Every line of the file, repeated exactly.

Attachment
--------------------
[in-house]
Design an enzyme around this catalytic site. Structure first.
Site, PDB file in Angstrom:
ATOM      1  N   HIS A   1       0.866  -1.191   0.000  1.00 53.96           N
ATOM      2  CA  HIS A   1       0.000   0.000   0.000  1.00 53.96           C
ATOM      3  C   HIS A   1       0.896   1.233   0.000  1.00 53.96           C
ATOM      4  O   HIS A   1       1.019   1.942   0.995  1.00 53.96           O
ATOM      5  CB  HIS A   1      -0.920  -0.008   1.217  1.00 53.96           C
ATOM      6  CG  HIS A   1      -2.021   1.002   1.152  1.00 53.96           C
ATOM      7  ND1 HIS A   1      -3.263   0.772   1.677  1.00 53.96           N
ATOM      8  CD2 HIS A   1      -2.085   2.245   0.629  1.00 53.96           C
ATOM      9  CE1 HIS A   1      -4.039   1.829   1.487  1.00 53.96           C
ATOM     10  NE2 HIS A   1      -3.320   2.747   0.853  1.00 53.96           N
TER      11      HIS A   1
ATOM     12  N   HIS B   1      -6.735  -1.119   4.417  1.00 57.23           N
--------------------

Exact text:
[in-house]
Design an enzyme around this catalytic site. Structure first.
Site, PDB file in Angstrom:
ATOM      1  N   HIS A   1       0.866  -1.191   0.000  1.00 53.96           N
ATOM      2  CA  HIS A   1       0.000   0.000   0.000  1.00 53.96           C
ATOM      3  C   HIS A   1       0.896   1.233   0.000  1.00 53.96           C
ATOM      4  O   HIS A   1       1.019   1.942   0.995  1.00 53.96           O
ATOM      5  CB  HIS A   1      -0.920  -0.008   1.217  1.00 53.96           C
ATOM      6  CG  HIS A   1      -2.021   1.002   1.152  1.00 53.96           C
ATOM      7  ND1 HIS A   1      -3.263   0.772   1.677  1.00 53.96           N
ATOM      8  CD2 HIS A   1      -2.085   2.245   0.629  1.00 53.96           C
ATOM      9  CE1 HIS A   1      -4.039   1.829   1.487  1.00 53.96           C
ATOM     10  NE2 HIS A   1      -3.320   2.747   0.853  1.00 53.96           N
TER      11      HIS A   1
ATOM     12  N   HIS B   1      -6.735  -1.119   4.417  1.00 57.23           N